Confessions of A Dog Groomer
Find out what the lady behind the perfectly permed ears and pretty manicures of Bangkok’s most pampered pooches has to say about raising your fuzzy friend.
February 24, 2017
Anyone who’s anyone who has a dog knows 'Aey' Kanokwan Vongsamart (she's the doggy stylist behind our Hair Apparent web series). This pet groomer extraordinaire, however, is admittedly more interested in her four-legged clienteles than their A-list owners. Actually, it all started with a cat. “My cat, Taro. He’s so fierce, no groomer will touch him. Well, one did try, but they had to sedate him just to bathe him! I wasn’t very comfortable with that. Another groomer stuck a fan on him after his bath, and he ended up catching a cold. So I decided, if no one could bathe Taro, I'd have to do it myself.” Following the feline fiascos, Aey started taking grooming lessons and soon after, opened her first pet salon, Groom Lounge, at Paradise Park in Sri Nakarin. 2Mag caught up with the pet whisperer at Bark Lounge, her Sukhumvit HQ located in premier doggy park Barkyard, to discuss the do’s, don’ts, and dyes of doggy grooming.
When it comes to haircuts, most breeds are fairly easy to work with. The longest it’s ever taken me was two and a half hours. And it was a Pomeranian! They’re fearful little things. The big dogs aren’t nearly as difficult; if they’re fierce, their owners will muzzle them, allowing me to do my job. But Pomeranians have tiny mouths! They can’t wear muzzles, so it’s just a matter of gauging the right moment: catching them off guard.
With nails, Beagles are the most difficult to work it. They won’t let you near their nails, let alone trim them! Plus, they’re very hyper and muscular and just won’t stay still. The easiest breed to groom would be Maltese. They appreciate beauty. They love taking baths. Poodles, too. I’ve seen poodles, after their baths and haircuts, actually checking their own reflections in the mirror! Oh, they’re definitely aware—and concerned—about their looks.
Some dogs are defiant around their owners but completely docile around their groomers. My advice to start early. Start grooming your dog when they are young such as brushing their teeth around 2-3 months of age. Once your dog has had all his or her vaccine shots (around 4 months old), you can start bringing them to a professional groomer. Be firm with your dog, but there’s no need to ever get violent: be stern and slowly the grooming process will get easier and easier.
Ideally, you should brush your dog’s teeth daily. In the same way that we humans eat, chew, get food stuck in our teeth, dogs do as well. If your dog won’t let you use a toothbrush, there are special cloths you can buy to clean their teeth. I do my dogs’ once a day, right before bedtime. As for baths, it’s really up to the owner but the general standard is once a week, twice if you like them to sleep in the same bed as you.
If you have a short-haired breed, keep in mind that their hairs are coarse. The hairs on a Corgi, for example, compared to, say, a Siberian Husky, are even more annoying when they shed—in my opinion, because they’re prickly. Jack Russells, too. I shave a lot of Jack Russells because their owners can’t stand the prickly hairs. I have rather sensitive skin too, so I actually get little scars from these hairs. Even applying Vaseline before grooming doesn’t help: I just end up with rashes. My advice would be to use a special brush, a Furminator, designed especially for short-haired dogs.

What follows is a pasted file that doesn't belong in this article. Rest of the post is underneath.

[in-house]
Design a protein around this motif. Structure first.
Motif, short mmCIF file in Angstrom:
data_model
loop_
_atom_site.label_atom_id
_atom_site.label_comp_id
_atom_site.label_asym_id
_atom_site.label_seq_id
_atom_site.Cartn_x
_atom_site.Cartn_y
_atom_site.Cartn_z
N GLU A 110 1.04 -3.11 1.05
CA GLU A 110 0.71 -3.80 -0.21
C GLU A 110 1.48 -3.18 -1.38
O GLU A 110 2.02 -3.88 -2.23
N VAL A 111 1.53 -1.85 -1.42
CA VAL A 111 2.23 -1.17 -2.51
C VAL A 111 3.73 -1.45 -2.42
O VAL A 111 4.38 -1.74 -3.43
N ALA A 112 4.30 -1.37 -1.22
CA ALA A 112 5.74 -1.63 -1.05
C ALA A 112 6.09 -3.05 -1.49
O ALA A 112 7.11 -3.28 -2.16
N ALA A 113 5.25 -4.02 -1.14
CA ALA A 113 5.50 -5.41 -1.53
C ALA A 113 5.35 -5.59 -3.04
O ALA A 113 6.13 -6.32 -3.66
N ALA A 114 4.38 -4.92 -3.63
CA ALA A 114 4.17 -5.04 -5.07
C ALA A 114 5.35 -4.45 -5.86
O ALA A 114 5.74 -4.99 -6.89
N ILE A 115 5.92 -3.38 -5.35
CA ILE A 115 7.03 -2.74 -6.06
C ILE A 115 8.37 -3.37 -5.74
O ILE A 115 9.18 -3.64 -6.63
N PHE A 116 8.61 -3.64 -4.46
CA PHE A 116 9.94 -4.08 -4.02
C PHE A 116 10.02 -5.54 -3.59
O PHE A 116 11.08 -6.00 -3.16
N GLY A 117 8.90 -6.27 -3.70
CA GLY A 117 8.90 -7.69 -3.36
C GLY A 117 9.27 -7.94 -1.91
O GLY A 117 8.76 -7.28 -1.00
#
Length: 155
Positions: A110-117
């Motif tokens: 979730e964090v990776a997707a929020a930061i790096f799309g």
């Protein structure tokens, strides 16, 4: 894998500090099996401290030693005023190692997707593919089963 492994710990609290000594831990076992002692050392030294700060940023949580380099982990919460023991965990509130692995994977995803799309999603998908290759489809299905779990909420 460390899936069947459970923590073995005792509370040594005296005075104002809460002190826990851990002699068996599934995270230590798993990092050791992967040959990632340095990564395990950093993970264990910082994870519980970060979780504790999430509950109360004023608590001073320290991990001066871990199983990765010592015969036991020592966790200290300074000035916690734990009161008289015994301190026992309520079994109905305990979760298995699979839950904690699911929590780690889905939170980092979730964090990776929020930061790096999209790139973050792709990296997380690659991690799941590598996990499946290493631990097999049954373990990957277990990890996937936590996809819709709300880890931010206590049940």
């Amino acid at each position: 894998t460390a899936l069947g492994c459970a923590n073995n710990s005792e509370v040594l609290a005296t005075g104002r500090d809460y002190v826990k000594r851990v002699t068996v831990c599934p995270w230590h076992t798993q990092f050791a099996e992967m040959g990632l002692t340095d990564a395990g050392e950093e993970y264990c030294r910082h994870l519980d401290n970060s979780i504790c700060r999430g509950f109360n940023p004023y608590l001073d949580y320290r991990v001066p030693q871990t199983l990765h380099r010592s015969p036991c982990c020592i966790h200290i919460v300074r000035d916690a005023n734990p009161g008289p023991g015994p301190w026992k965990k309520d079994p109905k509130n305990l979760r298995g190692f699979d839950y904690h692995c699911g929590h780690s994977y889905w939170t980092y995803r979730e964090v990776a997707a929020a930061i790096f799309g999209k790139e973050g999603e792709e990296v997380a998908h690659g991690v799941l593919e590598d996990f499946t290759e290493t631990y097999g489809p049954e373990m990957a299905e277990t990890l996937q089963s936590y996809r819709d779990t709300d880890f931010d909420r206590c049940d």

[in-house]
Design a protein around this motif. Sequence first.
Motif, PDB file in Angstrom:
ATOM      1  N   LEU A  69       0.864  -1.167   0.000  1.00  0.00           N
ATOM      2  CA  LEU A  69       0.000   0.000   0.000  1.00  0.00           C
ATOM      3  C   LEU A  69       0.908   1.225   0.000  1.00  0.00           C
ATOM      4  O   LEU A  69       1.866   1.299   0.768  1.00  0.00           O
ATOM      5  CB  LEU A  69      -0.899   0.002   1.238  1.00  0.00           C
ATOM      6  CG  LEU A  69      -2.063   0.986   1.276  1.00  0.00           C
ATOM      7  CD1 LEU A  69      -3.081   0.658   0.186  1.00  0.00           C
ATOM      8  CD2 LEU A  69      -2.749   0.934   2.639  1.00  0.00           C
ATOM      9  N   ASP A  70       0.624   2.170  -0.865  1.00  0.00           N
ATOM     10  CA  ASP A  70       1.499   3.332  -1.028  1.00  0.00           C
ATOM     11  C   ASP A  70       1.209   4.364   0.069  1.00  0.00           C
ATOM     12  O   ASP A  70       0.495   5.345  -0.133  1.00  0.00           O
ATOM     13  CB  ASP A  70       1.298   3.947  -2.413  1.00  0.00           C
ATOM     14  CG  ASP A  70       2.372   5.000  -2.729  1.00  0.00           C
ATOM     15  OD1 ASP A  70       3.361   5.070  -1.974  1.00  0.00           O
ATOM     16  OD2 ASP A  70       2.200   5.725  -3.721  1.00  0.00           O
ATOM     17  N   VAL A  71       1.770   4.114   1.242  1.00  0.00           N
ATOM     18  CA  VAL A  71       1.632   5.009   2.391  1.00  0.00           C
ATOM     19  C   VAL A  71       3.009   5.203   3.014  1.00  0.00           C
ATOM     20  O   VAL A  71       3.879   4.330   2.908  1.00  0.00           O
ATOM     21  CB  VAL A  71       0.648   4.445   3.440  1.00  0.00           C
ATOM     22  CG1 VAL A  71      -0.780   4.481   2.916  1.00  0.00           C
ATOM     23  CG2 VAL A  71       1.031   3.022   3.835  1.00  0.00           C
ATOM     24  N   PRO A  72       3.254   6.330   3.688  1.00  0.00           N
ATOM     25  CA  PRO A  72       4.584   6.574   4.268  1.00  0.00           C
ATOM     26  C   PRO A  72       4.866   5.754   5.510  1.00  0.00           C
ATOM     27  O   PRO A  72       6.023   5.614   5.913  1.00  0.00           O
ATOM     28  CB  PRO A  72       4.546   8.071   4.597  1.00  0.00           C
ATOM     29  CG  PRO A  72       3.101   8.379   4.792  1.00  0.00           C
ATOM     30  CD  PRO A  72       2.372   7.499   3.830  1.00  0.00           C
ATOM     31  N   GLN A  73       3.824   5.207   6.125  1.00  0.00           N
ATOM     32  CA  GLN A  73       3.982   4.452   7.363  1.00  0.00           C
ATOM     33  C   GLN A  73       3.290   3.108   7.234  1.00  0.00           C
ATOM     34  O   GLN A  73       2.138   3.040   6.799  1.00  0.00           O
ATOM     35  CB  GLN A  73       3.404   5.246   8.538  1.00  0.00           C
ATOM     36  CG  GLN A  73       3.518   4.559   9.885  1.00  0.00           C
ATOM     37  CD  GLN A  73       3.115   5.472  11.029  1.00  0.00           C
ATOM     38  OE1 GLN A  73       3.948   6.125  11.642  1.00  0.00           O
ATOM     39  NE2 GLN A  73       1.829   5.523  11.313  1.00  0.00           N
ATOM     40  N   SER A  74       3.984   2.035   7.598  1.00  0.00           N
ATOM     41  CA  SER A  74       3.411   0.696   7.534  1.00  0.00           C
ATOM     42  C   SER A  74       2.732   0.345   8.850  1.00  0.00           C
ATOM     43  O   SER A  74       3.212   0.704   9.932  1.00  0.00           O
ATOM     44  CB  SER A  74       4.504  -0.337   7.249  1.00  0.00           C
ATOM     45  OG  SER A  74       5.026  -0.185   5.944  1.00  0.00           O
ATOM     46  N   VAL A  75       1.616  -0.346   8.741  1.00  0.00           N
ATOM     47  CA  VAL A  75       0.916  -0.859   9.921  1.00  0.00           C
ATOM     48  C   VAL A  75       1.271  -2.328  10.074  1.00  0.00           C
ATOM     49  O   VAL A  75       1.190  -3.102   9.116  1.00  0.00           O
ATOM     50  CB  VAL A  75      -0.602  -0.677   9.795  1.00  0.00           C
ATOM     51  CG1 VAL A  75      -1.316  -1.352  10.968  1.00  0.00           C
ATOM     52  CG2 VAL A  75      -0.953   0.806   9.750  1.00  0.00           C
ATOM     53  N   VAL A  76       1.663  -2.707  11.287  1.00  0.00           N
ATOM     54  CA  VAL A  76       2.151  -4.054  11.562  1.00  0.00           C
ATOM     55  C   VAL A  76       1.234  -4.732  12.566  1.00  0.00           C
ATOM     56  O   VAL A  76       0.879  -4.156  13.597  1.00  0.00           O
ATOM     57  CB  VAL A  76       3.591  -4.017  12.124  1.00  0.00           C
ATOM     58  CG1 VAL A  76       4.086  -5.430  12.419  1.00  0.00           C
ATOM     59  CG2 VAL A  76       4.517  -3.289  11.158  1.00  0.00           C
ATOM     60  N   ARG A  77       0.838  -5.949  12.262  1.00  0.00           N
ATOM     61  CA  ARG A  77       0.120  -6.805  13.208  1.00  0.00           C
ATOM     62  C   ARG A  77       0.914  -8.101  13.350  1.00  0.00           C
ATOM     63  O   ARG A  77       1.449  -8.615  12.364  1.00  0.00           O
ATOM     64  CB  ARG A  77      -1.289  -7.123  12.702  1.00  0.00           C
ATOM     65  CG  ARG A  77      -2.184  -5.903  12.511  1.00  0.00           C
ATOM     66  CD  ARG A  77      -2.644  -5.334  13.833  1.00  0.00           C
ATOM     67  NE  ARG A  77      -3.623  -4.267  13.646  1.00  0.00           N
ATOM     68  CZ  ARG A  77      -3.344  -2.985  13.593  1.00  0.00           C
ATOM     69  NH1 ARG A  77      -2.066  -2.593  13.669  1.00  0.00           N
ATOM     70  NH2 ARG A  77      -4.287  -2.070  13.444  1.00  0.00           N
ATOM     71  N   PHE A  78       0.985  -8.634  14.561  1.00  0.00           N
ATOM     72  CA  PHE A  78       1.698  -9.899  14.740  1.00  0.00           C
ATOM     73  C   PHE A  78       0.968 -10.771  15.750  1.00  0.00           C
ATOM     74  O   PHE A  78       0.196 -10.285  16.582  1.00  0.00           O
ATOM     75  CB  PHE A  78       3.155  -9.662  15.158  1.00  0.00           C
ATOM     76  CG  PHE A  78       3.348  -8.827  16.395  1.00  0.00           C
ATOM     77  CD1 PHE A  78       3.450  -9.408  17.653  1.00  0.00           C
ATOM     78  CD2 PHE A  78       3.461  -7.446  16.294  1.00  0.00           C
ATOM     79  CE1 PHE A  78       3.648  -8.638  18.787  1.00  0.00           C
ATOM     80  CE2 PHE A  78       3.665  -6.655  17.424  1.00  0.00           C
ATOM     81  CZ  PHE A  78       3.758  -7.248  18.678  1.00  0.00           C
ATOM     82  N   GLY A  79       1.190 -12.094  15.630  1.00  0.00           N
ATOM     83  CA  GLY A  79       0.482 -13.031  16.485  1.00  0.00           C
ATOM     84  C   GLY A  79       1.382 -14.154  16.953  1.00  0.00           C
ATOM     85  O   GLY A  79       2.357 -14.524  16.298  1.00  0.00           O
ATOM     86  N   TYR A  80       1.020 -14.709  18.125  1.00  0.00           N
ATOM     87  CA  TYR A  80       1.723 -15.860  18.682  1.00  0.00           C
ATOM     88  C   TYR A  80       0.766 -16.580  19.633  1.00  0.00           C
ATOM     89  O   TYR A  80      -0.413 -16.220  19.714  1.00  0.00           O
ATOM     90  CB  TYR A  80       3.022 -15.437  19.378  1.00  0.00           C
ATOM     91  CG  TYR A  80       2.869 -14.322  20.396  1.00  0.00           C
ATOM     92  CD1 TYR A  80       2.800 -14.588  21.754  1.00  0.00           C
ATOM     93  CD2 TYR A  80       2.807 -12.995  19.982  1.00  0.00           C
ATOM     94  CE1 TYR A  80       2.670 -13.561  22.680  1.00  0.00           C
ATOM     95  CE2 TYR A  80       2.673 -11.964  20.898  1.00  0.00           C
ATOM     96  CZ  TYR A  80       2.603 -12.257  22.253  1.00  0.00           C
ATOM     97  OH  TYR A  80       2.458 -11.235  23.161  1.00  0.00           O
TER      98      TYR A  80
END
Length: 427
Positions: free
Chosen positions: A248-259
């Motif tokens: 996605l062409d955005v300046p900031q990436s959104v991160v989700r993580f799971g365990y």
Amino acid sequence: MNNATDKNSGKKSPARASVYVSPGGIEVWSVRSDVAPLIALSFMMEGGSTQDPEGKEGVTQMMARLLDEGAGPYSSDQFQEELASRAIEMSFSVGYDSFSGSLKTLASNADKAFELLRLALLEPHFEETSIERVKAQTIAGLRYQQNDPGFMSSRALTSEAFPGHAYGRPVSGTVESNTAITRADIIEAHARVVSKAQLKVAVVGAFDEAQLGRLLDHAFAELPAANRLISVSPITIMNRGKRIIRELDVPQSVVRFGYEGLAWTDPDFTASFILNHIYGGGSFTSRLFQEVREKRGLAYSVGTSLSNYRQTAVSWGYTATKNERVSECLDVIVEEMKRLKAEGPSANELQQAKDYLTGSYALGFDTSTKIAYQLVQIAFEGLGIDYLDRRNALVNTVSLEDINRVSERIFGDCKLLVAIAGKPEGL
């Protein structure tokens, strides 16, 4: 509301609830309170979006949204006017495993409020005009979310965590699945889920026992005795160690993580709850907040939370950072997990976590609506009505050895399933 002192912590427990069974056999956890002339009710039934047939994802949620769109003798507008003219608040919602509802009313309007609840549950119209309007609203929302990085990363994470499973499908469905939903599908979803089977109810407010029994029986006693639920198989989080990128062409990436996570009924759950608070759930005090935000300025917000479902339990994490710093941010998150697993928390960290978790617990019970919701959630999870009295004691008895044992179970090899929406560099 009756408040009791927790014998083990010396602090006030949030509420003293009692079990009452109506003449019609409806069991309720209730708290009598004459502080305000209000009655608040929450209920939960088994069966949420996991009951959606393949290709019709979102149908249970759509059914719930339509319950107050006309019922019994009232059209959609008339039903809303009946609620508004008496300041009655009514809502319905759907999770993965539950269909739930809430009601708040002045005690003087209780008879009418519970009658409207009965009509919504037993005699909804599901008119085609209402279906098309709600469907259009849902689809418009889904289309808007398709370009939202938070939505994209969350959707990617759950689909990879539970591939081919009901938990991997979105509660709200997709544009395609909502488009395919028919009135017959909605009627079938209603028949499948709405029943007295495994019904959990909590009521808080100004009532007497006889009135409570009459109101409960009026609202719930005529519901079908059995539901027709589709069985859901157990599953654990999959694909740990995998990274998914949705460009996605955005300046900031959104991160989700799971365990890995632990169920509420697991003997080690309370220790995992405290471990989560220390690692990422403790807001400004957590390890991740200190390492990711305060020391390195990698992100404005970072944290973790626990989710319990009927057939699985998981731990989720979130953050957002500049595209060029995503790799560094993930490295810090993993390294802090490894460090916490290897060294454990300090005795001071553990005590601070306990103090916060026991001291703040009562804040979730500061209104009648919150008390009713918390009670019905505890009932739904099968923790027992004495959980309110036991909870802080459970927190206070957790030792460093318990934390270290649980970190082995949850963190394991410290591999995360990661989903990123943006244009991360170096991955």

Photographs courtesy of Aey Vongsamart
If you have a long-haired breed, comb your dog’s hair daily. If you don’t, their hairballs will get so tangled that they’ll actually stick to the skin and you won’t be able to comb them out; the only solution is to shave off the hair and start over. You can’t just shave the hairballs off, either. Your poor dog will look diseased! It’s a full body shave. Don’t let it reach that stage! Dogs are very self-conscious. Like when I cut my Maltese’s hair—not even that short, just a little bob cut—his whole demeanor changed. He went from super confident and defiant to getting bullied by all my other dogs! He just wasn’t the same dog.
I love seeing the transformation. I’ve had dogs come in, all sad, messy, and raggedy, but once they’ve had their bath, once we trim their fur and show off their eyes, there’s an immediate change in their temperament. They’re cuter. Sweeter. There was a Shetland Sheepdog that was basically left here: abandoned. I took him in; took care of him. Basically groomed him back to life. Now, customers come in, specifically asking for Russie. They want to hold him, play with him. I love that he’s regained his self-confidence.
Proper doggy hair dyes aren’t harmful to your pets. They’re expensive, but look very nice when done well. If I had a Bichon, I’d dye his ears and tail black so he’d look like a panda. I have a client who constantly changes the color of her Poodle; pink ears one week, orange the next. It’s become her signature. However, unless you’re entering your dog into shows and competitions and are fully committed to the upkeep, don’t half-heartedly dye your dog’s hair just for, like, an experiment. Remember, they want to look good, too.
I love working with animals. My staff have commented that I’m nicer around animals than I am around actual humans! I’m gentler, I guess; I even speak in a different tone. My boyfriend is the same. To me, he uses his “human voice”. To our cats and dogs, he’s all, “How are you today, my love, my baby, my dear…”.
If I were a dog, I’d be a Bichon. Maltese are perhaps too pretty? [Laughs] All long, straight, flowing hair, super needy to boot! I’d prefer to be a Bichon; they’re fluffy and playful, they love their owners but aren’t too attached to them.
The Barkyard BKK, 65 Sukhumvit 26